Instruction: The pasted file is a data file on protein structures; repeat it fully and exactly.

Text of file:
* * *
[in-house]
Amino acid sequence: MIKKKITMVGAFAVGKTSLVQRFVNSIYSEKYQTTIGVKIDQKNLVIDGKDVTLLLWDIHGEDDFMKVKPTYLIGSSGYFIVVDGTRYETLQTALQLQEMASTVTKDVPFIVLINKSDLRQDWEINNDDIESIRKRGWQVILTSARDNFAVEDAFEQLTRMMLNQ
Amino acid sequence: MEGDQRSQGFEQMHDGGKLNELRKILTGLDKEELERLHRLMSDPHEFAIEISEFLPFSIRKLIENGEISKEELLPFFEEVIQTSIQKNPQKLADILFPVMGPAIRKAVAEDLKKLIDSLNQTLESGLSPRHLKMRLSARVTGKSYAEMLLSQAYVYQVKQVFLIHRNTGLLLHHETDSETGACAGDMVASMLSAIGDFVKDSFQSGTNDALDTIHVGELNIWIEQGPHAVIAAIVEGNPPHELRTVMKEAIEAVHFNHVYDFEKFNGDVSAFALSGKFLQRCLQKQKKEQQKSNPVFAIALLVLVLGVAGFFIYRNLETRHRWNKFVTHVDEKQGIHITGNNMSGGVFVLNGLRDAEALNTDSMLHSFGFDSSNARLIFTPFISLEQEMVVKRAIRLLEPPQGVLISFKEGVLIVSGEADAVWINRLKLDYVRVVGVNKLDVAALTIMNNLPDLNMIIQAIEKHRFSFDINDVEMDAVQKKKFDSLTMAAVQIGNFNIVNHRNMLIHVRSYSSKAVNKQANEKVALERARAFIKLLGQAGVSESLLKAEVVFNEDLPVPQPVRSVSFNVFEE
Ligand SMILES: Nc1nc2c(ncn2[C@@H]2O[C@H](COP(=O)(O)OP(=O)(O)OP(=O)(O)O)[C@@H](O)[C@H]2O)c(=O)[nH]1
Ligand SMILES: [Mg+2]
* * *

[in-house]
Amino acid sequence: MIKKKITMVGAFAVGKTSLVQRFVNSIYSEKYQTTIGVKIDQKNLVIDGKDVTLLLWDIHGEDDFMKVKPTYLIGSSGYFIVVDGTRYETLQTALQLQEMASTVTKDVPFIVLINKSDLRQDWEINNDDIESIRKRGWQVILTSARDNFAVEDAFEQLTRMMLNQ
Amino acid sequence: MEGDQRSQGFEQMHDGGKLNELRKILTGLDKEELERLHRLMSDPHEFAIEISEFLPFSIRKLIENGEISKEELLPFFEEVIQTSIQKNPQKLADILFPVMGPAIRKAVAEDLKKLIDSLNQTLESGLSPRHLKMRLSARVTGKSYAEMLLSQAYVYQVKQVFLIHRNTGLLLHHETDSETGACAGDMVASMLSAIGDFVKDSFQSGTNDALDTIHVGELNIWIEQGPHAVIAAIVEGNPPHELRTVMKEAIEAVHFNHVYDFEKFNGDVSAFALSGKFLQRCLQKQKKEQQKSNPVFAIALLVLVLGVAGFFIYRNLETRHRWNKFVTHVDEKQGIHITGNNMSGGVFVLNGLRDAEALNTDSMLHSFGFDSSNARLIFTPFISLEQEMVVKRAIRLLEPPQGVLISFKEGVLIVSGEADAVWINRLKLDYVRVVGVNKLDVAALTIMNNLPDLNMIIQAIEKHRFSFDINDVEMDAVQKKKFDSLTMAAVQIGNFNIVNHRNMLIHVRSYSSKAVNKQANEKVALERARAFIKLLGQAGVSESLLKAEVVFNEDLPVPQPVRSVSFNVFEE
Ligand SMILES: Nc1nc2c(ncn2[C@@H]2O[C@H](COP(=O)(O)OP(=O)(O)OP(=O)(O)O)[C@@H](O)[C@H]2O)c(=O)[nH]1
Ligand SMILES: [Mg+2]